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Sikh Body to Hold Mashaal March Against 34 Years Impunity to Perpetrators of Sikh Genocide 1984 on Nov. 3

October 28, 2018 | By

Amritsar: Observing the 34th genocidal day of Nov 1984 killings, the Dal Khalsa will hold a ‘Mashaal (Torch) March’ at Amritsar on Nov 3.

The march will start from Bhandari bridge and culminate at Darbar Sahib where candlelight vigil will be observed in the evening outside the gurdwara precincts.

Holding pictures and placards, the members of the organization will sit for two hours outside Darbar Sahib premises in memory of those who were killed by frenzied mobs orchestrated by then Prime Minister of India Rajiv Gandhi and assisted by state administration. The members will lit candles in memory of 3723 ( as per official version of government) Sikhs killed during Nov 1984 carnage.

Bibi Jagdish Kaur (2nd from Left) with S. Kanwarpal Singh (3rd from Left) and S. Paramjeet Singh Tanda (1st from L)

“We urge the Sikhs and God-fearing people across the spectrum to raise their voice against the 34-year impunity to the Indian leaders who allegedly orchestrated 1984 Sikh genocide by participating in commemorating functions, said Paramjit Singh Tanda, Ranbir Singh and KANWAR Pal Singh, office bearers of the party.

Leaders of the Dal Khalsa also met Bibi Jagdish Kaur, prime witness in Sajjan Kumar case, at her residence and invited her for the occasion.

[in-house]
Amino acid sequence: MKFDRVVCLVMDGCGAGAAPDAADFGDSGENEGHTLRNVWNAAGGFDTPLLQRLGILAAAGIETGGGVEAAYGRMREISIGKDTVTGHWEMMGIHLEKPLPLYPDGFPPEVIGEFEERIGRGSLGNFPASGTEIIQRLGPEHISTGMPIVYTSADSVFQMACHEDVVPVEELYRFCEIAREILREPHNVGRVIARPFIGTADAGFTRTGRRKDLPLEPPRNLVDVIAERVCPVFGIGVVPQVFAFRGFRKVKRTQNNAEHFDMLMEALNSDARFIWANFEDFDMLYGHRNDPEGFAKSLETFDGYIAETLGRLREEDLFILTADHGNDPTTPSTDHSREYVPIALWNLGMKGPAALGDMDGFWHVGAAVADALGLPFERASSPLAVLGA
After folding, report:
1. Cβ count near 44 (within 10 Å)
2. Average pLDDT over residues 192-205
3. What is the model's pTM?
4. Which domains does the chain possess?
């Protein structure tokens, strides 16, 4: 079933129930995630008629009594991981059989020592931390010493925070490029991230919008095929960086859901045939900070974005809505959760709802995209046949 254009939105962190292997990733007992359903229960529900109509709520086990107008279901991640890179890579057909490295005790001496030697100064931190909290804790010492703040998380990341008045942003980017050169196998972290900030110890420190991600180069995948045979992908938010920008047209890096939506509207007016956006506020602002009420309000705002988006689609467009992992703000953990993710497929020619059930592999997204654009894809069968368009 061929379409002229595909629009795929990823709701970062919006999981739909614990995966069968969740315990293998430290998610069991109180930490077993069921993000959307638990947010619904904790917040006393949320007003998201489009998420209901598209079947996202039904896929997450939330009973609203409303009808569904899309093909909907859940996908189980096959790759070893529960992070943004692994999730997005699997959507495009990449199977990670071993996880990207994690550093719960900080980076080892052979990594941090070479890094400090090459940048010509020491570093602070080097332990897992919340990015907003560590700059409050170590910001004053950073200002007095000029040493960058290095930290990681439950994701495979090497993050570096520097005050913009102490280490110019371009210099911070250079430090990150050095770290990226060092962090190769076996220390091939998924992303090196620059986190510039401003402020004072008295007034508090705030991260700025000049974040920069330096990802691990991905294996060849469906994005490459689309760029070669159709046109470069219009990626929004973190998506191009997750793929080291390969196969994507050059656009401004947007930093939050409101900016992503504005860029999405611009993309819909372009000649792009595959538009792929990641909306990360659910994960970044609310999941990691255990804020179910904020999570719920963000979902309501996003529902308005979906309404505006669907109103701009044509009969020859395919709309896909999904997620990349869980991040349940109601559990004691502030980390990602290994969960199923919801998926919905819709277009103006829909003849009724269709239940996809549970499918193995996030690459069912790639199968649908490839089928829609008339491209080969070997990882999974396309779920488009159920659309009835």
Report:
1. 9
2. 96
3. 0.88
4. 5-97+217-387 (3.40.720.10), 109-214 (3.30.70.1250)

They added, “Justice for 1984 victims does not mean votes for some political leaders like Badals who use this issue during elections but convictions of those responsible for the mass killings.”

Dal Khalsa leaders reminded the SGPC of its resolutions passed last year on Nov 6 in the executive meet held at Patiala for installing paintings and pictures depicting the Nov 1984 genocide in the Sikh Central Museum. “One year has completed and the SGPC has not moved an inch to implement its resolutions”.

The organization reiterated that the pictures and paintings depicting atrocities on the Sikhs sponsored and conspired by then Indian political leadership and executed by frenzied mobs should be made part of the Sikh Central Museum, lest the coming generations forget the tragic event.

They said the Sikh museum has paintings and pictures depicting atrocities perpetrated by Mughal emperors and British rulers of the last century. On the same pattern, we request SGPC to put up paintings and pictures showing barbarism of Indian Hindu leaders of present times. “All these pictures and paintings showing Sikh pain should become part of the museum”, said they”.



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